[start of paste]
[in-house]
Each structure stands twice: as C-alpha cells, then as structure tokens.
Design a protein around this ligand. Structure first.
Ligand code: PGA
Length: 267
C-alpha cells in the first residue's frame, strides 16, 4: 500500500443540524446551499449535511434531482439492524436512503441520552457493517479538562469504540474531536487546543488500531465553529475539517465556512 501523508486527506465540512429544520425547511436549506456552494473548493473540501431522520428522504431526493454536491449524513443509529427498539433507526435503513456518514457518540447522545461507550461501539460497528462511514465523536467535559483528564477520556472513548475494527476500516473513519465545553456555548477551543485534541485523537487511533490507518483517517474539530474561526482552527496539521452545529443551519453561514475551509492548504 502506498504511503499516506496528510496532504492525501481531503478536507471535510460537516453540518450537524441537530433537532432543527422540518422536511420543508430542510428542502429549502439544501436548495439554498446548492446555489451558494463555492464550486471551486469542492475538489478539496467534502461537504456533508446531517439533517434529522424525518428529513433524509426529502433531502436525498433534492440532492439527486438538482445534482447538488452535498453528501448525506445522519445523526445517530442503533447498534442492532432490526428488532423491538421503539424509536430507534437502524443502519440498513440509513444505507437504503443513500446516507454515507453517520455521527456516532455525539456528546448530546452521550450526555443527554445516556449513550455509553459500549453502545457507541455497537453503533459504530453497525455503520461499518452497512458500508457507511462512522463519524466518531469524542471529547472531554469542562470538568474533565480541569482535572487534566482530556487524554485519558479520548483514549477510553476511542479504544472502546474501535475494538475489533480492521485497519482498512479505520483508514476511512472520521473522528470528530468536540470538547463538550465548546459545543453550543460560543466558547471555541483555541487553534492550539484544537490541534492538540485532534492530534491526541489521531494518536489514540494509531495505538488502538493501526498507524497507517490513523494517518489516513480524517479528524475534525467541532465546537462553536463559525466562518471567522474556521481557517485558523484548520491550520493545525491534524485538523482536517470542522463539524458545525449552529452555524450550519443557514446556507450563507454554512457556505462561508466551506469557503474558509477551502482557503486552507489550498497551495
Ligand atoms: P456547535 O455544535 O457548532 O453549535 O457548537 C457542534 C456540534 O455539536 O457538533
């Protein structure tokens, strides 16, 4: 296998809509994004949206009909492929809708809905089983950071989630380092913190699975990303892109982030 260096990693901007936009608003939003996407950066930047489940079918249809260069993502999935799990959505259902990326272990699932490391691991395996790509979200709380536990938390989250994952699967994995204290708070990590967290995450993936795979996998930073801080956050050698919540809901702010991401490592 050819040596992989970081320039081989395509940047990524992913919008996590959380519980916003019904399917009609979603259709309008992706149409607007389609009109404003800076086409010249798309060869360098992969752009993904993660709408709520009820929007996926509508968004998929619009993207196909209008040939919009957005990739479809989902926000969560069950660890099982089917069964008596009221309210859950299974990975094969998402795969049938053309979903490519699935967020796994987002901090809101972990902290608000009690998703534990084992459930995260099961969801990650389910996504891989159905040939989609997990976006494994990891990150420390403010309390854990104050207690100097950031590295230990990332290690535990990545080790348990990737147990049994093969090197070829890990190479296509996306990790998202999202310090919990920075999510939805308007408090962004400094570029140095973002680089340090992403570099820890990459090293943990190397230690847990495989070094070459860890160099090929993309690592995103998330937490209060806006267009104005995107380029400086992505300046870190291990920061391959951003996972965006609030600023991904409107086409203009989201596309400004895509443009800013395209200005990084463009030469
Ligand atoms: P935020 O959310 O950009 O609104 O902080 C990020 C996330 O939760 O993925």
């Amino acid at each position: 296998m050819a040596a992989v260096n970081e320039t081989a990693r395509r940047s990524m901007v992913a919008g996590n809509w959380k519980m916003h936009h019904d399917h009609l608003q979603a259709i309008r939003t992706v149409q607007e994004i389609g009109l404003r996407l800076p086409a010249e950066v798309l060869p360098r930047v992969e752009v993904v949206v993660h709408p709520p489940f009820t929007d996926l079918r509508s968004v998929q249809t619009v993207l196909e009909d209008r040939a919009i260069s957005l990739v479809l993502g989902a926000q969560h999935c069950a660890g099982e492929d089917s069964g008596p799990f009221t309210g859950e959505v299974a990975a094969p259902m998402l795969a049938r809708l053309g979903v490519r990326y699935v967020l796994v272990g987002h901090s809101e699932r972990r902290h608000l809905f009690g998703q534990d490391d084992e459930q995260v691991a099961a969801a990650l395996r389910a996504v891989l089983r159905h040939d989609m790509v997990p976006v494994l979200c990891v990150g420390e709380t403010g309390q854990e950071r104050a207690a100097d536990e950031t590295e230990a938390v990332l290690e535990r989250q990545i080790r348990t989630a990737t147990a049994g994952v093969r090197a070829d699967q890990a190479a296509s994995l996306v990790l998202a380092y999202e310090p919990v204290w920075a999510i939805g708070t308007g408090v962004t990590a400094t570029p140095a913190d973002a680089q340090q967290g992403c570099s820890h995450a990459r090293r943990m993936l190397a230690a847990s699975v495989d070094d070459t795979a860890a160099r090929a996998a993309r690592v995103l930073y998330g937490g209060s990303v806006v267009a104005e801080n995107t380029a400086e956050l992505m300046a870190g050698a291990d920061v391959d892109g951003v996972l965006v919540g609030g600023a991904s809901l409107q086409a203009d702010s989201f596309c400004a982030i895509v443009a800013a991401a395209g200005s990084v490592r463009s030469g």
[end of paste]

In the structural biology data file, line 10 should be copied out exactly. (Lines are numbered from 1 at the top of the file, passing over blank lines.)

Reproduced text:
């Amino acid at each position: 296998m050819a040596a992989v260096n970081e320039t081989a990693r395509r940047s990524m901007v992913a919008g996590n809509w959380k519980m916003h936009h019904d399917h009609l608003q979603a259709i309008r939003t992706v149409q607007e994004i389609g009109l404003r996407l800076p086409a010249e950066v798309l060869p360098r930047v992969e752009v993904v949206v993660h709408p709520p489940f009820t929007d996926l079918r509508s968004v998929q249809t619009v993207l196909e009909d209008r040939a919009i260069s957005l990739v479809l993502g989902a926000q969560h999935c069950a660890g099982e492929d089917s069964g008596p799990f009221t309210g859950e959505v299974a990975a094969p259902m998402l795969a049938r809708l053309g979903v490519r990326y699935v967020l796994v272990g987002h901090s809101e699932r972990r902290h608000l809905f009690g998703q534990d490391d084992e459930q995260v691991a099961a969801a990650l395996r389910a996504v891989l089983r159905h040939d989609m790509v997990p976006v494994l979200c990891v990150g420390e709380t403010g309390q854990e950071r104050a207690a100097d536990e950031t590295e230990a938390v990332l290690e535990r989250q990545i080790r348990t989630a990737t147990a049994g994952v093969r090197a070829d699967q890990a190479a296509s994995l996306v990790l998202a380092y999202e310090p919990v204290w920075a999510i939805g708070t308007g408090v962004t990590a400094t570029p140095a913190d973002a680089q340090q967290g992403c570099s820890h995450a990459r090293r943990m993936l190397a230690a847990s699975v495989d070094d070459t795979a860890a160099r090929a996998a993309r690592v995103l930073y998330g937490g209060s990303v806006v267009a104005e801080n995107t380029a400086e956050l992505m300046a870190g050698a291990d920061v391959d892109g951003v996972l965006v919540g609030g600023a991904s809901l409107q086409a203009d702010s989201f596309c400004a982030i895509v443009a800013a991401a395209g200005s990084v490592r463009s030469g």